SHARING CANADA'S TELECOMMUNICATIONS EXPERTISE
WITH DEVELOPING OR NEWLY INDUSTRIALIZED COUNTRIES
The importance of telecommunications in the economic,
social and political development of a country is now recognized throughout the world. The
benefits derived from improved telecommunications not only contribute to strengthen the
economy of a nation but also to reduce isolation and improve the effectiveness of social
The Canadian telecommunications industry has provided
Canadians with one of the most advanced networks in the world. Almost all households
have telephone service and public surveys consistently reveal that the public is very
satisfied with the quality of service.
The Maitland Commission in its 1984 report, The
Missing Link, identified the existence of a wide gap between the telecommunications
facilities of developed and newly industrialized countries.
The report went on to say: The lack of sufficient
trained staff is a major cause of the shortcomings of telecommunications with emerging
Most major manufacturers provide training in the techniques and
maintenance particular to the equipment they supply. But a serious gap persists between
developing countries needs and available training opportunities.
The report recommended that: Industrialized countries
organize seminars to improve the qualifications of experts from developing and newly
industrialized countries in the field of telecommunications.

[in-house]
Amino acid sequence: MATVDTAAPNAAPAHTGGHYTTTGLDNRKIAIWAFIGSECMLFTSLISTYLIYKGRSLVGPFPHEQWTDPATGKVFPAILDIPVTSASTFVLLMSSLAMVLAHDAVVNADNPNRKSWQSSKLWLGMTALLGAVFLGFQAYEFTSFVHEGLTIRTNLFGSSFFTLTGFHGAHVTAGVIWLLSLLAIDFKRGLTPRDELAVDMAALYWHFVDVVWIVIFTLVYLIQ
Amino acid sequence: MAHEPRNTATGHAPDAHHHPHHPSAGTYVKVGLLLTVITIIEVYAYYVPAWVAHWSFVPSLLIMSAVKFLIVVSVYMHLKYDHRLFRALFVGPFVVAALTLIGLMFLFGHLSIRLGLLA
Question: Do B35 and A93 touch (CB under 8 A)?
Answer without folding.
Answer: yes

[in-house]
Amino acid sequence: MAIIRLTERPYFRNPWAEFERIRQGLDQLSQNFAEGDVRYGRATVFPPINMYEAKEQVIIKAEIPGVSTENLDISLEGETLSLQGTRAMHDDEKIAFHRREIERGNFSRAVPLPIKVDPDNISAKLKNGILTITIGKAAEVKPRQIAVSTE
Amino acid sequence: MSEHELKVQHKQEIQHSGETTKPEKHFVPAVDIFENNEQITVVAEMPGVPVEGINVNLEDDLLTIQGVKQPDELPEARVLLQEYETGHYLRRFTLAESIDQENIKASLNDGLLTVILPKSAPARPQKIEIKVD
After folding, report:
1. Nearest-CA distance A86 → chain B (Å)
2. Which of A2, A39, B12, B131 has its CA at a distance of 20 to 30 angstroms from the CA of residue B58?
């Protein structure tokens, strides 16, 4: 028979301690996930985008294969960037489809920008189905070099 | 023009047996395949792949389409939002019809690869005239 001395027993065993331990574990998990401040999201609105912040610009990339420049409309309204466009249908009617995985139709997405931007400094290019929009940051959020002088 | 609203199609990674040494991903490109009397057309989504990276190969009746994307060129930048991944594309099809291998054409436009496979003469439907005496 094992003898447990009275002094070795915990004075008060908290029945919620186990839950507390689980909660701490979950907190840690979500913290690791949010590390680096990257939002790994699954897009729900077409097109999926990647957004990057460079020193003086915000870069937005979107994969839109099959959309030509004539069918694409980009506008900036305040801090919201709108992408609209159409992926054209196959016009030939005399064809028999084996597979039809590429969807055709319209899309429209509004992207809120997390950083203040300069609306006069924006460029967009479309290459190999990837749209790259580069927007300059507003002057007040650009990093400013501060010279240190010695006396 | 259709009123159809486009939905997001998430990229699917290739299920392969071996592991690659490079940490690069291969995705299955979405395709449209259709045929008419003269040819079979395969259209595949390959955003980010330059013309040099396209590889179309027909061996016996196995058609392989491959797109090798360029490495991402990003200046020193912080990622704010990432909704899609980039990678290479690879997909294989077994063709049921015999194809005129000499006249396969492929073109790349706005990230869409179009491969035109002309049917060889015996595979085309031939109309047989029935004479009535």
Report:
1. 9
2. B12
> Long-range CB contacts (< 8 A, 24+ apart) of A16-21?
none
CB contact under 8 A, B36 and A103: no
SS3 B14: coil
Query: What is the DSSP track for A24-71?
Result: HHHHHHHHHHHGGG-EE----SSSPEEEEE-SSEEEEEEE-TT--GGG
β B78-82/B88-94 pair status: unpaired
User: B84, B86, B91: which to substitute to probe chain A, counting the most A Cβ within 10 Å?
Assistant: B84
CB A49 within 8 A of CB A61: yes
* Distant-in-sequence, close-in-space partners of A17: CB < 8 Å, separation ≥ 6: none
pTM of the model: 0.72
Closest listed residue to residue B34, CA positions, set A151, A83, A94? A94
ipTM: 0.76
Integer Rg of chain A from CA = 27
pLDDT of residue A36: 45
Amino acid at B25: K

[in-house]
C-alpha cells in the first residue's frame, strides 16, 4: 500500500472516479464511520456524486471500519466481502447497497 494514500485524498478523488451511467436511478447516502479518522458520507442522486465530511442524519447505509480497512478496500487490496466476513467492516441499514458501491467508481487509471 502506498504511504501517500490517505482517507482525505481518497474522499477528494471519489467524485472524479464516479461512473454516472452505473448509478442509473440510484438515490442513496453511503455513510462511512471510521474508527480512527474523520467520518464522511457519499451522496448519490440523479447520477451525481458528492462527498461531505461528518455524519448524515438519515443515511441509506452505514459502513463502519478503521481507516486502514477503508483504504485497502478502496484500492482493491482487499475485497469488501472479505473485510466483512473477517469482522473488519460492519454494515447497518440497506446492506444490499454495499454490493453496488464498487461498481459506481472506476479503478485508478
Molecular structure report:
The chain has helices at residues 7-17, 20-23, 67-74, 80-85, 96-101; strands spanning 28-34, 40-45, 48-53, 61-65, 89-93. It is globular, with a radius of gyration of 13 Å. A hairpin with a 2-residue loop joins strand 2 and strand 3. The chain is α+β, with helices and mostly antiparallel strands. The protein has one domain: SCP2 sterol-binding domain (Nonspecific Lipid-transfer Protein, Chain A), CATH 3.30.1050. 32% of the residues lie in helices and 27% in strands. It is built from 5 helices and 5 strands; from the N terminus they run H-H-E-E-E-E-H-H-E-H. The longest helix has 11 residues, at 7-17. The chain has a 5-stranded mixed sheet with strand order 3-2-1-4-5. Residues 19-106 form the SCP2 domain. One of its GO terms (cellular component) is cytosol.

The Need for Executive Management Training
Numerous studies have shown that the single most important
factor that distinguishes the best company from the others, in any industry, is not the
availability of capital or its technology or even the degree of mechanization but rather
the quality of its management.
The telecommunications sector is undergoing unprecedented
changes. Privatization, deregulation, competition and the global economic
imperatives exacerbate the importance of quality management for the success of an
organization. Technology has become a commodity and management know-how
has replaced land and capital as a strategic resource in successful corporations.
This transformation to quality management must start at the
top of an organization if there is hope of succeeding in creating a learning
organization that can cope with a world evermore complex, dynamic and
Creation of the Institute
It is with the above in mind and in keeping with the
Canadian tradition of international cooperation that the telecommunications industry of
Canada decided in 1986, in collaboration with the Federal Government, to respond and
implement the Maitland recommendation. Human resource development being key to sustainable
development in any sector, it was decided to focus on executive management training, which
contributes to the durability of the assistance given.
The TELECOMMUNICATIONS EXECUTIVE MANAGEMENT INSTITUTE OF
CANADA (TEMIC) was thus created as a non-profit organization with the mandate to assist
telecommunication organizations from developing and newly industrialized countries in